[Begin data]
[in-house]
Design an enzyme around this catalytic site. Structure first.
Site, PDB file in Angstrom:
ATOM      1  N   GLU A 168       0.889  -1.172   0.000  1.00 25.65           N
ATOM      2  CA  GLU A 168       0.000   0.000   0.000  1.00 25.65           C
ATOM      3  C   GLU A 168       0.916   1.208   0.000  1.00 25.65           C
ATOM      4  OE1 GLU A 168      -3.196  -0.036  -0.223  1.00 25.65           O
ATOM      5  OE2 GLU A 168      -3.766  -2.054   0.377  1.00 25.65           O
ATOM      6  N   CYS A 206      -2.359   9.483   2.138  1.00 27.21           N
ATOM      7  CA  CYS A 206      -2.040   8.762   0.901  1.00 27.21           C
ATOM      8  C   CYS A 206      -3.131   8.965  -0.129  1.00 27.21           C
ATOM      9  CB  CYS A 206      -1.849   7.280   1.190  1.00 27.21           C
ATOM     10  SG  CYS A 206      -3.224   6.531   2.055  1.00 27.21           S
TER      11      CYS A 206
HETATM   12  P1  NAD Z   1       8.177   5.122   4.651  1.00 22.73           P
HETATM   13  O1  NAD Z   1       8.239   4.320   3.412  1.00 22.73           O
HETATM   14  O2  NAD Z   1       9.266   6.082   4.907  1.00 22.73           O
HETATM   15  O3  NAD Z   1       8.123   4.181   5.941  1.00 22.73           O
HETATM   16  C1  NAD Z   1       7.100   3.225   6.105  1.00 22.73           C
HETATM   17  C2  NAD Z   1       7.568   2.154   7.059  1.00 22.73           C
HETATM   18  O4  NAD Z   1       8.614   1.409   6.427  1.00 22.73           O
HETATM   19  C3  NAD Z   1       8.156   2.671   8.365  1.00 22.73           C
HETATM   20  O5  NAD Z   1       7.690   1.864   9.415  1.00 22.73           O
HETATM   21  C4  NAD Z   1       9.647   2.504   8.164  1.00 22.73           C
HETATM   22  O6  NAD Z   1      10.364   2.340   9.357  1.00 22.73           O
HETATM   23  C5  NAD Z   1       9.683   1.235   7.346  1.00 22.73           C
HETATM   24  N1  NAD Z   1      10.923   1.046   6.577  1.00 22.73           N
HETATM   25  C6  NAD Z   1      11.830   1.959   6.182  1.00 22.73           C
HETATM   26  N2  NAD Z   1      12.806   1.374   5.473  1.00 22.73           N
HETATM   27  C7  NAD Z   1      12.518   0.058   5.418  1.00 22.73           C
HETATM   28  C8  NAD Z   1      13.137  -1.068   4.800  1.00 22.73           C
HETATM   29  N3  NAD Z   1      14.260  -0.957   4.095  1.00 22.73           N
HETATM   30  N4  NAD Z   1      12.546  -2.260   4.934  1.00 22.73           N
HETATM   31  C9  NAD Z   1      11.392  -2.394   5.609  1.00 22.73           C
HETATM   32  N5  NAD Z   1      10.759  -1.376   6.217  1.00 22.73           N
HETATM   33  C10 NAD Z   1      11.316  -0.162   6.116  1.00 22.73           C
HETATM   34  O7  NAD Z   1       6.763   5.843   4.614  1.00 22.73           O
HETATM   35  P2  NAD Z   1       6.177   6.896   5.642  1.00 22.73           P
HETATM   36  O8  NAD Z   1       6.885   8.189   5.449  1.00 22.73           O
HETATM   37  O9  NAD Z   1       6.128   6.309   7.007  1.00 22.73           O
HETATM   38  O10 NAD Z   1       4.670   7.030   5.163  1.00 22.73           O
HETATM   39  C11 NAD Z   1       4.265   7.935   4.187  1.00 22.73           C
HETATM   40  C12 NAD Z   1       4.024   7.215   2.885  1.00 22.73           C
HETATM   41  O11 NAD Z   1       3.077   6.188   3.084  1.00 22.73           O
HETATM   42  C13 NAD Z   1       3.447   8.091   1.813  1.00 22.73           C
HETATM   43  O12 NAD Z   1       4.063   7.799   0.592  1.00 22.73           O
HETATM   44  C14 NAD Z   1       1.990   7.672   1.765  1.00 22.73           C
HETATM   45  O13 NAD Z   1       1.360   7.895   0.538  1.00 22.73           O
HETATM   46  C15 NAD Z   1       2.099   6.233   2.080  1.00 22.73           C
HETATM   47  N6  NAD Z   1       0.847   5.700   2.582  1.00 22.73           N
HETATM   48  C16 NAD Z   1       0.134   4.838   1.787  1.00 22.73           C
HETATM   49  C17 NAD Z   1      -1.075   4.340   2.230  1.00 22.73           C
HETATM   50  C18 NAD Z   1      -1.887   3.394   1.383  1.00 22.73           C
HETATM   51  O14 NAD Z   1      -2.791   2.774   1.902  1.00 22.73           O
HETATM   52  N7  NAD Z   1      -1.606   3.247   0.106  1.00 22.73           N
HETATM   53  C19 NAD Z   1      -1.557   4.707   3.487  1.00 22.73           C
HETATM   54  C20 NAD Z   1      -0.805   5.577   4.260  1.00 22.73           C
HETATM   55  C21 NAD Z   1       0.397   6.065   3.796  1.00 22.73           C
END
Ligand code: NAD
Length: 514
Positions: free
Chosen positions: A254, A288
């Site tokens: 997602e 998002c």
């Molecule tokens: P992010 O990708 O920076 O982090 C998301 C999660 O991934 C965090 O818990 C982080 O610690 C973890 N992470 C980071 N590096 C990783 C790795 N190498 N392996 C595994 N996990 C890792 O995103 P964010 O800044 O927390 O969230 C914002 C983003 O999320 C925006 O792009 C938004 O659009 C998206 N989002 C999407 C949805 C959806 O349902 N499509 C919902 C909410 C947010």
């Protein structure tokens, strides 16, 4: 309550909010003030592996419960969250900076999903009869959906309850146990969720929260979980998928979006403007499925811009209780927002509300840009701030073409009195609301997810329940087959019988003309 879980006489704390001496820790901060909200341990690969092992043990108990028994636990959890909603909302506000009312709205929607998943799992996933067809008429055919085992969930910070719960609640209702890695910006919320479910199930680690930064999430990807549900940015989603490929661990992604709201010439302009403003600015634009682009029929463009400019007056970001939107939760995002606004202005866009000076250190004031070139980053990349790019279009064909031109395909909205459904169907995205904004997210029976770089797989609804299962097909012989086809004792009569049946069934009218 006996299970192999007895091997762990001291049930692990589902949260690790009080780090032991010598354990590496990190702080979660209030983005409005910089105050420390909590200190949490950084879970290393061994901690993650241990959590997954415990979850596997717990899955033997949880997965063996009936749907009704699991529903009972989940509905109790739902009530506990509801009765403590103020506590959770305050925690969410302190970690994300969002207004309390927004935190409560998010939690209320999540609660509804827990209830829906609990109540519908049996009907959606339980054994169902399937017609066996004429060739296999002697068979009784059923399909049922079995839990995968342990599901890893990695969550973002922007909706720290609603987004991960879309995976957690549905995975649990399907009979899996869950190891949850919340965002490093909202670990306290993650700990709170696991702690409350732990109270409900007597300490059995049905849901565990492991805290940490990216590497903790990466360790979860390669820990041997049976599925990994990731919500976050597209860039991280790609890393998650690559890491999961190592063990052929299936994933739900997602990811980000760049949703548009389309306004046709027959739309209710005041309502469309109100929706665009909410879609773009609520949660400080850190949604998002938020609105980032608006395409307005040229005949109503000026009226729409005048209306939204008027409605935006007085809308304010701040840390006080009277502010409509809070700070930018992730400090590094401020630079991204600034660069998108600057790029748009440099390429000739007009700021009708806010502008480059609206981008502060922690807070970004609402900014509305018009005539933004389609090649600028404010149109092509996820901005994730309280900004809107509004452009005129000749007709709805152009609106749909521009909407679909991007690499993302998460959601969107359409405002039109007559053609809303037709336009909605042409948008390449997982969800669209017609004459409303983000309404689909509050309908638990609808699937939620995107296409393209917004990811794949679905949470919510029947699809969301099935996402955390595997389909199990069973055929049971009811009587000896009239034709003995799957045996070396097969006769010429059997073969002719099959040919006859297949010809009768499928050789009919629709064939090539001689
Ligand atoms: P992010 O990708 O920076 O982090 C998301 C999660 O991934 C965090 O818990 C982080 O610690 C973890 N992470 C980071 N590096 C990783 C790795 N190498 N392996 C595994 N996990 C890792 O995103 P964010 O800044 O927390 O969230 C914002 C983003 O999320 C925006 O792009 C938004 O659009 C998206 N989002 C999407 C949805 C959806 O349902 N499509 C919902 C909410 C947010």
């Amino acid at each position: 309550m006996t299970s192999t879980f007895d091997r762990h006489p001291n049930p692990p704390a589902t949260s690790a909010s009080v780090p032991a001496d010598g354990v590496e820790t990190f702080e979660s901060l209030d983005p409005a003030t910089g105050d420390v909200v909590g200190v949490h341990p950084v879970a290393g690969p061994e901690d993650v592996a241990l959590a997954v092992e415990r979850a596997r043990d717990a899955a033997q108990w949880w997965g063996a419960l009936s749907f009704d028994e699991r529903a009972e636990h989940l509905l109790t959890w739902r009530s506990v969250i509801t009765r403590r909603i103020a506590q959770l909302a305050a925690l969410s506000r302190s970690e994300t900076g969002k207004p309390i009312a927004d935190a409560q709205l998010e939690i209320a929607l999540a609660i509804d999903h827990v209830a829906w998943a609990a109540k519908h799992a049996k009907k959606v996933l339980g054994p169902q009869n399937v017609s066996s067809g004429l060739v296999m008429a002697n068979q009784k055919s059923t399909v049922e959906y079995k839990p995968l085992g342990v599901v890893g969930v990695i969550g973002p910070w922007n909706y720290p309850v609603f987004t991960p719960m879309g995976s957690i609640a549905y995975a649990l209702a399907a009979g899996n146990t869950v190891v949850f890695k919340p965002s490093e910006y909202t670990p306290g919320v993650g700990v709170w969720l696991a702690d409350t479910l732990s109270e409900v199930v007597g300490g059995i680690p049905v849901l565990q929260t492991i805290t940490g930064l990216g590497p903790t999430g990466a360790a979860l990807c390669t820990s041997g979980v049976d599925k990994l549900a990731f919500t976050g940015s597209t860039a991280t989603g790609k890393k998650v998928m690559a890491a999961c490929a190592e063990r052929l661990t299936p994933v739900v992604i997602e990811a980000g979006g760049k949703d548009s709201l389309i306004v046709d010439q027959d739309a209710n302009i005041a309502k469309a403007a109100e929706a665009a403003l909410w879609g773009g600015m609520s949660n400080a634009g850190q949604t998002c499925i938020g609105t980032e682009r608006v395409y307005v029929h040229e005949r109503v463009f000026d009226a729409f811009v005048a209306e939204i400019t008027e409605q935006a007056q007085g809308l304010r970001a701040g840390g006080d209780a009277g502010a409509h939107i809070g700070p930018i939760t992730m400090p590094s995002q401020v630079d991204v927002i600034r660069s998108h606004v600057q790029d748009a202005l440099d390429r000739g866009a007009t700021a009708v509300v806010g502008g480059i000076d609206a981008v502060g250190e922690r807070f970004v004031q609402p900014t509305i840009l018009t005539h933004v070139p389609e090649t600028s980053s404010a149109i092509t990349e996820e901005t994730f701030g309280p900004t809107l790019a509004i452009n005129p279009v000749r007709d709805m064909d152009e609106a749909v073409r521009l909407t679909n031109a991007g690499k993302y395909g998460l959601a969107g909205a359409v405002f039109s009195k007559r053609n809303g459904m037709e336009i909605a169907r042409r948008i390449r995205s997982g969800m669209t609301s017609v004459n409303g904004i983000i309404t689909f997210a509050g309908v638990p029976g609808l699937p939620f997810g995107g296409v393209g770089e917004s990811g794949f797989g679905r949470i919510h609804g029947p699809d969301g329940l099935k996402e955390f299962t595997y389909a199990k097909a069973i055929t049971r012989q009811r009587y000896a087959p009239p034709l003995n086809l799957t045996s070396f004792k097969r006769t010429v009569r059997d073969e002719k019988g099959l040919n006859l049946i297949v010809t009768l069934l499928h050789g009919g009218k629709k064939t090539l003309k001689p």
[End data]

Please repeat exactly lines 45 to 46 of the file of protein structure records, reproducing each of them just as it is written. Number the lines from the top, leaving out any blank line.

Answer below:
HETATM   42  C13 NAD Z   1       3.447   8.091   1.813  1.00 22.73           C
HETATM   43  O12 NAD Z   1       4.063   7.799   0.592  1.00 22.73           O